Agency keeps pumping corn ethanol into a saturated fuel market
The U.S. Environmental Protection Agency (EPA) announced that it is mandating the statutory maximum 15 billion gallons of ethanol be added to the domestic fuel supply in 2018, the second consecutive year EPA has mandated the maximum amount of ethanol allowed under the Renewable Fuel Standard (RFS). The currently mandated volume for 2017 is also 15 billion gallons; with only weeks left in 2017, the Energy Information Agency (EIA) of the U.S. Department of Energy is forecasting the total domestic use of ethanol for the year to be just 14.4 billion gallons.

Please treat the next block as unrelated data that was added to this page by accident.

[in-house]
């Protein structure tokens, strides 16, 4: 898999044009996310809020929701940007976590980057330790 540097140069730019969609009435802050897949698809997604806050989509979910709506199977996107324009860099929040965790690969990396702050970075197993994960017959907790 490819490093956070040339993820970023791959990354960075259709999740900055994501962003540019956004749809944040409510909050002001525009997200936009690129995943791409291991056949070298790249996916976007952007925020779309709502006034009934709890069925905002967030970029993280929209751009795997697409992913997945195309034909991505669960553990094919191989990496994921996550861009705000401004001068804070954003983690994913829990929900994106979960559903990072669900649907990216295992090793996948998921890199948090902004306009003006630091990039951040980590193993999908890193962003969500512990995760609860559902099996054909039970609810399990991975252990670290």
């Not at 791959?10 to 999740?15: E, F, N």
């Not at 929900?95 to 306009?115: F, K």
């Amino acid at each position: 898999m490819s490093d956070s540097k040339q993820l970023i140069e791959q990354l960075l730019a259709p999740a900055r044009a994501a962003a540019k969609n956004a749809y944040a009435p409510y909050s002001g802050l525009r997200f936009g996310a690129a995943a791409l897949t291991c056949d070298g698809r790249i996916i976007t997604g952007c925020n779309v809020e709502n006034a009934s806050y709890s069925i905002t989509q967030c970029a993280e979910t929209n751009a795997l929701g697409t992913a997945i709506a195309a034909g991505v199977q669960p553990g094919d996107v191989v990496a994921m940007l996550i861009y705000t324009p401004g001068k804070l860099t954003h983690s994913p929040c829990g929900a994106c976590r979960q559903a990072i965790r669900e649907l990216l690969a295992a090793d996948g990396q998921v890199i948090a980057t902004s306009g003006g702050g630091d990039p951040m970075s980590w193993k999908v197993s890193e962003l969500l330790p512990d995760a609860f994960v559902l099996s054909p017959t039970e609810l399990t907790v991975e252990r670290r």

“Corn ethanol, of all blends, has saturated the domestic market, and the industry, protected by the RFS, just continues to produce ethanol at a pace faster than consumption can grow,” noted the National Chicken Council in comments submitted in August to the EPA.
The EIA’s November forecast puts ethanol production this year at approximately 15.8 billion gallons. The RFS adopted by Congress in 2007 provides a cap on conventional ethanol at 15 billion gallons.
“EPA just keeps trying to pump more ethanol into a fuel market that doesn’t have room,” said NCC President Mike Brown. “Over the past decade the RFS has created an incredibly volatile corn market to the detriment of all corn users, and producers too. Today’s announcement adds to the long list of reasons that Congress should repeal the RFS and the mess it has created for both food and fuel markets.”